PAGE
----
How do you value the metrics you obtain? Here’s a way to make sense of all these impressions, clicks, and conversions.
The nice thing about online marketing and advertising is that you can get hard data regarding the success of your marketing strategy. You know if it’s working or not.
It’s not like a radio or TV ad. With these advertisements, you don’t really know how many people saw or heard your commercial. You don’t know how they responded to your commercial, and you’re not sure just how many people were moved to buy what you’re selling because of that commercial.
With your online ad campaign, you get access to more definitive data. You get a precise number of impressions, clicks, and conversions that you can directly link to your online advertising efforts.
Defining the Terms
To make sure we’re all on the same page regarding the data, here’s a quick overview of what the metrics look like:
This is the first stat you’re likely to see, as it’s the first reaction layer to your advertising efforts. The number of impressions is the number of views a web page gets. Every time a web page is loaded, the number of impressions goes up.
Compared to clicks and conversions, the number of impressions you get for a web page will be the highest. It’s rather a simplistic measure, after all. All it does is tell you how many times a web page or an ad was loaded.
It doesn’t tell you how many people were moved by the ad that they bought what you’re selling because of it. It doesn’t even tell you whether the person who loaded the web page actually read your ad or even noticed it.
Still, you’ll want to get the highest number of impressions you can attract. A high number of impressions means you’ve picked the right platform in reaching as many people as you can.
This is a more definitive metric because it shows a definite reaction to your ad. It counts the number of clicks the ad attracts, out of all the people who saw the ad. Since it’s likely that not all the people who saw the ad will clock on it, this number will be less than the number of impressions.
At this point, you’ll want to calculate the CTR or click-through rate.
So, if you get 100 clicks from 1,000 impressions, that’s a CTR of 10%. A high CTR means that your ad is very effective in catching a viewer’s attention and convincing them to know more about your product. If you have a low CTR, then you need to adjust the text or image to make the ad more effective.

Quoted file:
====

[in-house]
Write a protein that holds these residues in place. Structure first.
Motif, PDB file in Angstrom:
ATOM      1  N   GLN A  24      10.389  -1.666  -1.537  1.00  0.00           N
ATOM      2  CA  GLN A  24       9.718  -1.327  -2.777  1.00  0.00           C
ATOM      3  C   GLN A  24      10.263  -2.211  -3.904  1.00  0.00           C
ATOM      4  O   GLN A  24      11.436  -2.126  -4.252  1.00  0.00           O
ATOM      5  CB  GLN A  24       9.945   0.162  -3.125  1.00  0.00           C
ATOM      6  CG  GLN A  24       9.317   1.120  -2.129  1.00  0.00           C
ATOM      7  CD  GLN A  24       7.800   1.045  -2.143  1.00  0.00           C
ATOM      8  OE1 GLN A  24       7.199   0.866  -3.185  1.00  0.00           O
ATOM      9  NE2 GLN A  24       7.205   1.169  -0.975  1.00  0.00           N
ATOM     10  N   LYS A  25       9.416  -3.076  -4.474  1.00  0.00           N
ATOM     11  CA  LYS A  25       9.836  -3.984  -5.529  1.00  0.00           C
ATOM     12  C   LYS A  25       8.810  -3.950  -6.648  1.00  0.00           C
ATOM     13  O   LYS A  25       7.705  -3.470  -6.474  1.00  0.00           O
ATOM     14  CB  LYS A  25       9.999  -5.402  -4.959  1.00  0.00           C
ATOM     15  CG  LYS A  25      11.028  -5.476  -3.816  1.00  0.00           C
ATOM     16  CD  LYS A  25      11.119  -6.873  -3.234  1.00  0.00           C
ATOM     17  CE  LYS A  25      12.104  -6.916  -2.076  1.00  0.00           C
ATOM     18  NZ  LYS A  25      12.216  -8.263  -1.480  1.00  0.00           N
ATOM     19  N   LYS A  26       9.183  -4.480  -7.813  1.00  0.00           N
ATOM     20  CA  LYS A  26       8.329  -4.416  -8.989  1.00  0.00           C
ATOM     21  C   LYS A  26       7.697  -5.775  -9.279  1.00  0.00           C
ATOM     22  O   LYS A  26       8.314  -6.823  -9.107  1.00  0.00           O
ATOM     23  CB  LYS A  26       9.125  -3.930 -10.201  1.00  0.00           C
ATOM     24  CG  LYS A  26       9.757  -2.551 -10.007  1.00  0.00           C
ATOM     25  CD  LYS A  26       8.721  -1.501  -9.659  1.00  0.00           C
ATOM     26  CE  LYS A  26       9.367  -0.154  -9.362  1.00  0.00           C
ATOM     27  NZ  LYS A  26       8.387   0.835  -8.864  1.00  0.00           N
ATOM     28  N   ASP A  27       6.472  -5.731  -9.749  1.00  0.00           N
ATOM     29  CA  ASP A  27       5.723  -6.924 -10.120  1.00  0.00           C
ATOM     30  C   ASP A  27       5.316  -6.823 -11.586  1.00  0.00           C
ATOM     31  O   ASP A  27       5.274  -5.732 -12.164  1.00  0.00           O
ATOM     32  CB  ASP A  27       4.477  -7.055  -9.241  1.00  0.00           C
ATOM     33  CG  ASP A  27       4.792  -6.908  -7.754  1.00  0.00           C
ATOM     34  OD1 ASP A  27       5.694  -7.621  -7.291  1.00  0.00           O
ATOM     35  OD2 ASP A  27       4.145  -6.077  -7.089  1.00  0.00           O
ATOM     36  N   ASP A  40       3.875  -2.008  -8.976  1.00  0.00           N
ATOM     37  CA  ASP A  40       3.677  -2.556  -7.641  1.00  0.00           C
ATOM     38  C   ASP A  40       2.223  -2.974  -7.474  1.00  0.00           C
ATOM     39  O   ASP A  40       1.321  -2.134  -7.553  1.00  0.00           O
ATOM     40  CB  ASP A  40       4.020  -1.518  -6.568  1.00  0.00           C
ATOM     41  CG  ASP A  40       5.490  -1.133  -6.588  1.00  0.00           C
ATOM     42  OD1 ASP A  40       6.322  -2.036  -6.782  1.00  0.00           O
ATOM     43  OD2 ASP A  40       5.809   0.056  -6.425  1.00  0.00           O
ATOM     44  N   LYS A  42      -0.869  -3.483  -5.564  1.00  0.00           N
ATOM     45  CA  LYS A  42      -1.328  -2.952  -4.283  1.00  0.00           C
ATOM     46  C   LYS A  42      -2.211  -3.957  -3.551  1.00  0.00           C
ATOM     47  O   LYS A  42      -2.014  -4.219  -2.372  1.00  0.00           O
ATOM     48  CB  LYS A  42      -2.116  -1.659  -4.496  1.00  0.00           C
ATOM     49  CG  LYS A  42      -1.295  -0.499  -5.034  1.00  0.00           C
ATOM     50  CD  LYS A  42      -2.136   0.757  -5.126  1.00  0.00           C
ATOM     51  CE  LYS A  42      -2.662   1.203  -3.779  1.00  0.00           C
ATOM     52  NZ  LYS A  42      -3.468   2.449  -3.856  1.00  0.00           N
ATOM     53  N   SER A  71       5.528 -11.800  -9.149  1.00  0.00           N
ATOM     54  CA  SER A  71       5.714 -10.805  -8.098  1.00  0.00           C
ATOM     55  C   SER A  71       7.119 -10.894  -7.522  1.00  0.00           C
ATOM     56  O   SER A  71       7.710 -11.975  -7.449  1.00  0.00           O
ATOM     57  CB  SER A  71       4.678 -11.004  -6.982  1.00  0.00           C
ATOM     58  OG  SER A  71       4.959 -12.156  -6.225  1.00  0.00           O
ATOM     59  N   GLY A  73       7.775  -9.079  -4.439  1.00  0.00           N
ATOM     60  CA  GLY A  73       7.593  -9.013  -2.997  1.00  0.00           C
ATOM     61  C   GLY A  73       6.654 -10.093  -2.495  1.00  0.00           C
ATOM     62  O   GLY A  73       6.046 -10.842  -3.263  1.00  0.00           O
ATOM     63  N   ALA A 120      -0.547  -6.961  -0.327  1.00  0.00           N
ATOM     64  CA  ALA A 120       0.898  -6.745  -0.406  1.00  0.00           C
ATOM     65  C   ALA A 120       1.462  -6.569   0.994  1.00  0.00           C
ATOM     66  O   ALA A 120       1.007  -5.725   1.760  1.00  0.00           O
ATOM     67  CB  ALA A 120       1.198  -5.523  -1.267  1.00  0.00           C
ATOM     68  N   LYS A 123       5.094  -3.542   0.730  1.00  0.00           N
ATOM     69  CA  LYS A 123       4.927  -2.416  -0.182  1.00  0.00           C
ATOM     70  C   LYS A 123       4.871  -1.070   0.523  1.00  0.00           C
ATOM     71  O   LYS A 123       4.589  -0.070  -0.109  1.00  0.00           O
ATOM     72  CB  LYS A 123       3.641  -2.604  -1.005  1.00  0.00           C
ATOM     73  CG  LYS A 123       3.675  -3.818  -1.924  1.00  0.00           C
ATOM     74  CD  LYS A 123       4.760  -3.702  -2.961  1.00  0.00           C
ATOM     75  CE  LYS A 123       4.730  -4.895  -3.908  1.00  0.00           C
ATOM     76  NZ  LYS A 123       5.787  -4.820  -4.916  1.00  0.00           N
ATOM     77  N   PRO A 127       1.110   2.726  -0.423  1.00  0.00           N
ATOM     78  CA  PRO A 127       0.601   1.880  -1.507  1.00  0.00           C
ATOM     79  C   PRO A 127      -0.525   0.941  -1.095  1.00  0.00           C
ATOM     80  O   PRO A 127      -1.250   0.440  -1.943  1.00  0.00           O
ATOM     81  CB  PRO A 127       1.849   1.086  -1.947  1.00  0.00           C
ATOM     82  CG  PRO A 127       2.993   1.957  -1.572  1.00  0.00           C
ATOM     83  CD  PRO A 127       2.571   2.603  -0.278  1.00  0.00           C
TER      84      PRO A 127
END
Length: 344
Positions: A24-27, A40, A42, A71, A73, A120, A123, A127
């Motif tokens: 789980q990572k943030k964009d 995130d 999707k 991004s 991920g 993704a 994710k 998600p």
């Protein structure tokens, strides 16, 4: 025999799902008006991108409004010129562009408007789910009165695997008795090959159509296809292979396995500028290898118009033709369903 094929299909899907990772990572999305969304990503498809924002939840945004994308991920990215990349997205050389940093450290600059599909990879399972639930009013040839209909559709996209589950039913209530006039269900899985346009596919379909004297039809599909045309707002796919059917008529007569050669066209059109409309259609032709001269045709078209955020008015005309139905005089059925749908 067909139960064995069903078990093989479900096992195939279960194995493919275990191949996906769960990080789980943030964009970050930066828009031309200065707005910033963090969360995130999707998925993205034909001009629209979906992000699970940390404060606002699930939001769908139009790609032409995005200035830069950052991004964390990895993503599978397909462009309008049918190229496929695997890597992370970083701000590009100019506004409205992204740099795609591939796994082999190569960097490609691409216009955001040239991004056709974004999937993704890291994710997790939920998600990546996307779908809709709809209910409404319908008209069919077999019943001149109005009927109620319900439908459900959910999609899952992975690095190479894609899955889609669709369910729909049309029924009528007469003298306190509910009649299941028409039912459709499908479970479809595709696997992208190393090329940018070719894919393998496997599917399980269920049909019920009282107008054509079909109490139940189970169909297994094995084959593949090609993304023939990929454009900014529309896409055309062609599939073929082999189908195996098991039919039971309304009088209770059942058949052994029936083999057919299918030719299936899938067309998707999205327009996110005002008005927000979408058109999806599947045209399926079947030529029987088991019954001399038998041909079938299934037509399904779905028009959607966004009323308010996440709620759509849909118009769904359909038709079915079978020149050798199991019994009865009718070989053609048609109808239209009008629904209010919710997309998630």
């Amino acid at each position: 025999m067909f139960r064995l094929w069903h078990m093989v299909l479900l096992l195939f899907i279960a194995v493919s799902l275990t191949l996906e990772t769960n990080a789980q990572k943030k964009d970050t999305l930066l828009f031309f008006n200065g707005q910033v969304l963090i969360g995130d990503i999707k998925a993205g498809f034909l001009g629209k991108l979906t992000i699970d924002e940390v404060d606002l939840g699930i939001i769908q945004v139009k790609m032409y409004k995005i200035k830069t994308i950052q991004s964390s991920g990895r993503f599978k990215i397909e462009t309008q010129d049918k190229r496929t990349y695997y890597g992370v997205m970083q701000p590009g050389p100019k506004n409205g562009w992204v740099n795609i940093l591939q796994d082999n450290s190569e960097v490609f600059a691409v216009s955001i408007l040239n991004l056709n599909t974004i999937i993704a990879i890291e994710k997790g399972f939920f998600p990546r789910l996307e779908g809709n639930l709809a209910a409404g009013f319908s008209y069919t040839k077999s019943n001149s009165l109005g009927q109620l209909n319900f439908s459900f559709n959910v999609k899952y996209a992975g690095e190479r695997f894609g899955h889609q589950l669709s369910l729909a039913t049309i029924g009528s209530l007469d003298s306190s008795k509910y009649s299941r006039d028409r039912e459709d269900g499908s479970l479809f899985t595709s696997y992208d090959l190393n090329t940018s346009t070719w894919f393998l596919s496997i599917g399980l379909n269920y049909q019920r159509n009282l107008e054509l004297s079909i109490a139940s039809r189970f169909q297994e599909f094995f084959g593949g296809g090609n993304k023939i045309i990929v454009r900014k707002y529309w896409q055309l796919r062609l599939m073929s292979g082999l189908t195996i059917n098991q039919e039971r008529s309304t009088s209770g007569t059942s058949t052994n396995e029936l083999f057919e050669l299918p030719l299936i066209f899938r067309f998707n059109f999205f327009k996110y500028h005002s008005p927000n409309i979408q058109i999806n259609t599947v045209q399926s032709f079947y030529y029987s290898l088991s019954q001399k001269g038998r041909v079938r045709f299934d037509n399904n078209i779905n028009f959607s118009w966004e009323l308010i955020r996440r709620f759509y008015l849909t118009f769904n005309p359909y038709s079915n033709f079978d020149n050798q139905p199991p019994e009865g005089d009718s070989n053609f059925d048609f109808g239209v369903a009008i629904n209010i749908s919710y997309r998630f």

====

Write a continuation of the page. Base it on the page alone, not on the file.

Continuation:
Typically, the user who clicks on the ad will then be led to the advertiser’s website. There you can provide more data that can attract leads and sales.
This counts the number of times that the ad has achieved its ultimate goal. If you plan on your ad to lead to direct sales, then you can count the number of sales. But conversions can also refer to other goals. Your goal can be to obtain a viewer’s email address or to get them to download an ebook. The point is, your ad succeeded. The potential customers saw the ad, they clicked to know more about it, and then they did as you asked.
At this point, you then need to know the ROI or the return on investment.
Here you’ll want to maximize the number of conversions you make for each dollar you spent on the ad.
Which is the Most Important?
The short answer here is all of them. It’s actually not recommended to judge the success of the ad-based solely on a single metric. Each particular metric can reveal ways where you can improve the effectiveness of your ad.
- Impressions. If you have a low number of impressions, then the webpage the ad is on isn’t viewed as often as you would like. Generally, that means you need better SEO for that webpage.
- Clicks. If you have a low number of clicks, you may have an uninteresting or off-putting ad. You may also be on a popular web page, but the viewers of that webpage aren’t interested in what you’re selling.
- Conversions. If you have a low number of conversions even with lots of impressions and a high CTR, it means the webpage that the ad leads to isn’t doing its job.
You may also want to calculate for the PPI, or profit per impression. It’s a nifty formula that takes into account basically the entire ad process from impressions to conversions. You take the profit you make (not the revenue) and then divide this by the number of impressions.
If you’ve achieved a high PPI rate, then your ad campaign was a success.
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